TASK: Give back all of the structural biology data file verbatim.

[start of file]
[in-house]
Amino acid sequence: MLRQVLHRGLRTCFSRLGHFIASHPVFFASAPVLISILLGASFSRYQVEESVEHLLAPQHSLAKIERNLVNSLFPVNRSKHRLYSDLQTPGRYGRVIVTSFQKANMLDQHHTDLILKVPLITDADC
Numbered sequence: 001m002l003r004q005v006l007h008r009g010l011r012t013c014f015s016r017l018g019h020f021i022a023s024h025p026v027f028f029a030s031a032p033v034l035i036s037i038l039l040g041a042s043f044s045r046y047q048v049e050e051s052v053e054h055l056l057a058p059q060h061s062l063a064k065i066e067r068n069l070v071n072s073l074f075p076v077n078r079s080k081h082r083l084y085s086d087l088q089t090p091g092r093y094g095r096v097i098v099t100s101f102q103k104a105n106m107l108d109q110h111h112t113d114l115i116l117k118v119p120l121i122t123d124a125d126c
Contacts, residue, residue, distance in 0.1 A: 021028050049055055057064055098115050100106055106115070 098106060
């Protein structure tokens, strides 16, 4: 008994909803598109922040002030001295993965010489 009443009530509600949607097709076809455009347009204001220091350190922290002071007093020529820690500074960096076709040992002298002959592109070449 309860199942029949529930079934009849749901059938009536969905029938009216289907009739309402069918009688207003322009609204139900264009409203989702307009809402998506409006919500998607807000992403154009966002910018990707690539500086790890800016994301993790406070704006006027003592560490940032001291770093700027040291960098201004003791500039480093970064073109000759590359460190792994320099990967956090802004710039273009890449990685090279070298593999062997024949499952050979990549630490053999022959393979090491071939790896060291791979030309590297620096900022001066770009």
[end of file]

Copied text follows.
[in-house]
Amino acid sequence: MLRQVLHRGLRTCFSRLGHFIASHPVFFASAPVLISILLGASFSRYQVEESVEHLLAPQHSLAKIERNLVNSLFPVNRSKHRLYSDLQTPGRYGRVIVTSFQKANMLDQHHTDLILKVPLITDADC
Numbered sequence: 001m002l003r004q005v006l007h008r009g010l011r012t013c014f015s016r017l018g019h020f021i022a023s024h025p026v027f028f029a030s031a032p033v034l035i036s037i038l039l040g041a042s043f044s045r046y047q048v049e050e051s052v053e054h055l056l057a058p059q060h061s062l063a064k065i066e067r068n069l070v071n072s073l074f075p076v077n078r079s080k081h082r083l084y085s086d087l088q089t090p091g092r093y094g095r096v097i098v099t100s101f102q103k104a105n106m107l108d109q110h111h112t113d114l115i116l117k118v119p120l121i122t123d124a125d126c
Contacts, residue, residue, distance in 0.1 A: 021028050049055055057064055098115050100106055106115070 098106060
């Protein structure tokens, strides 16, 4: 008994909803598109922040002030001295993965010489 009443009530509600949607097709076809455009347009204001220091350190922290002071007093020529820690500074960096076709040992002298002959592109070449 309860199942029949529930079934009849749901059938009536969905029938009216289907009739309402069918009688207003322009609204139900264009409203989702307009809402998506409006919500998607807000992403154009966002910018990707690539500086790890800016994301993790406070704006006027003592560490940032001291770093700027040291960098201004003791500039480093970064073109000759590359460190792994320099990967956090802004710039273009890449990685090279070298593999062997024949499952050979990549630490053999022959393979090491071939790896060291791979030309590297620096900022001066770009």